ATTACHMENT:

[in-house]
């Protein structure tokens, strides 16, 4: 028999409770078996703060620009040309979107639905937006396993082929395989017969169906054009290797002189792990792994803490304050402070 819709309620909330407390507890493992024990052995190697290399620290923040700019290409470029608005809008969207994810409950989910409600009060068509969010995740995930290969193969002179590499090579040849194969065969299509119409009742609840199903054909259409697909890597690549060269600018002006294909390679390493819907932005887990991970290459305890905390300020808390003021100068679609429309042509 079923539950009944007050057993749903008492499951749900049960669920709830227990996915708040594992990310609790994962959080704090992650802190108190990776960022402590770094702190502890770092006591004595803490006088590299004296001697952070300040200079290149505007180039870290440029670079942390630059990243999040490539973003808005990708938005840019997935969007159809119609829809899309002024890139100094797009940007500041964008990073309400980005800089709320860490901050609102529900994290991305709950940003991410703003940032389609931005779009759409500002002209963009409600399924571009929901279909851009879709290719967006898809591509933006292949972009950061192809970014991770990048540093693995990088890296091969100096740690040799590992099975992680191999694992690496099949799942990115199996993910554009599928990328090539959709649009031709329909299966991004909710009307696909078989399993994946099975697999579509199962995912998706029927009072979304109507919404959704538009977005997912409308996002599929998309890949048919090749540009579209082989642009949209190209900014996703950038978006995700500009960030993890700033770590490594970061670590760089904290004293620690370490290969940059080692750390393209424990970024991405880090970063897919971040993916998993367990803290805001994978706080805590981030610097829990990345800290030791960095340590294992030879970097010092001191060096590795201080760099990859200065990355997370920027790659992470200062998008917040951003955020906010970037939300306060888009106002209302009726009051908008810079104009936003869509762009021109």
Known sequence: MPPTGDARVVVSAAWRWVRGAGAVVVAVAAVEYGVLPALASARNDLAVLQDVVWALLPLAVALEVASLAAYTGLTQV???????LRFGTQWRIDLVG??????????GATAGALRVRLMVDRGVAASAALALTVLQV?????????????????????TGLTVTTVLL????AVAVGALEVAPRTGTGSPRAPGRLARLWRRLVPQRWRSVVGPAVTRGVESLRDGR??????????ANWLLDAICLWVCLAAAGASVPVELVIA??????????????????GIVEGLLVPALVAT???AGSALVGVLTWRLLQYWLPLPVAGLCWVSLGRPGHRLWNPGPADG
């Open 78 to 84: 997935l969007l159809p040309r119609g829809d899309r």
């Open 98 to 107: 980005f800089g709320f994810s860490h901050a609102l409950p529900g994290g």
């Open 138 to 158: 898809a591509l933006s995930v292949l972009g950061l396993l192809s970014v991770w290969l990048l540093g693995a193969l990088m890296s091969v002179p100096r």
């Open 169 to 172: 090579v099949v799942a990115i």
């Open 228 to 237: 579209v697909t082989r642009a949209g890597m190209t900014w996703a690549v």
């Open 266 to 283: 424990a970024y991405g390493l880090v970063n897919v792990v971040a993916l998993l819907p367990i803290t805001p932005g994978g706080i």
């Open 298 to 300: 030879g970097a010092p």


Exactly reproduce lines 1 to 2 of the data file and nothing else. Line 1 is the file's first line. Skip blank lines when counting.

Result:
[in-house]
């Protein structure tokens, strides 16, 4: 028999409770078996703060620009040309979107639905937006396993082929395989017969169906054009290797002189792990792994803490304050402070 819709309620909330407390507890493992024990052995190697290399620290923040700019290409470029608005809008969207994810409950989910409600009060068509969010995740995930290969193969002179590499090579040849194969065969299509119409009742609840199903054909259409697909890597690549060269600018002006294909390679390493819907932005887990991970290459305890905390300020808390003021100068679609429309042509 079923539950009944007050057993749903008492499951749900049960669920709830227990996915708040594992990310609790994962959080704090992650802190108190990776960022402590770094702190502890770092006591004595803490006088590299004296001697952070300040200079290149505007180039870290440029670079942390630059990243999040490539973003808005990708938005840019997935969007159809119609829809899309002024890139100094797009940007500041964008990073309400980005800089709320860490901050609102529900994290991305709950940003991410703003940032389609931005779009759409500002002209963009409600399924571009929901279909851009879709290719967006898809591509933006292949972009950061192809970014991770990048540093693995990088890296091969100096740690040799590992099975992680191999694992690496099949799942990115199996993910554009599928990328090539959709649009031709329909299966991004909710009307696909078989399993994946099975697999579509199962995912998706029927009072979304109507919404959704538009977005997912409308996002599929998309890949048919090749540009579209082989642009949209190209900014996703950038978006995700500009960030993890700033770590490594970061670590760089904290004293620690370490290969940059080692750390393209424990970024991405880090970063897919971040993916998993367990803290805001994978706080805590981030610097829990990345800290030791960095340590294992030879970097010092001191060096590795201080760099990859200065990355997370920027790659992470200062998008917040951003955020906010970037939300306060888009106002209302009726009051908008810079104009936003869509762009021109």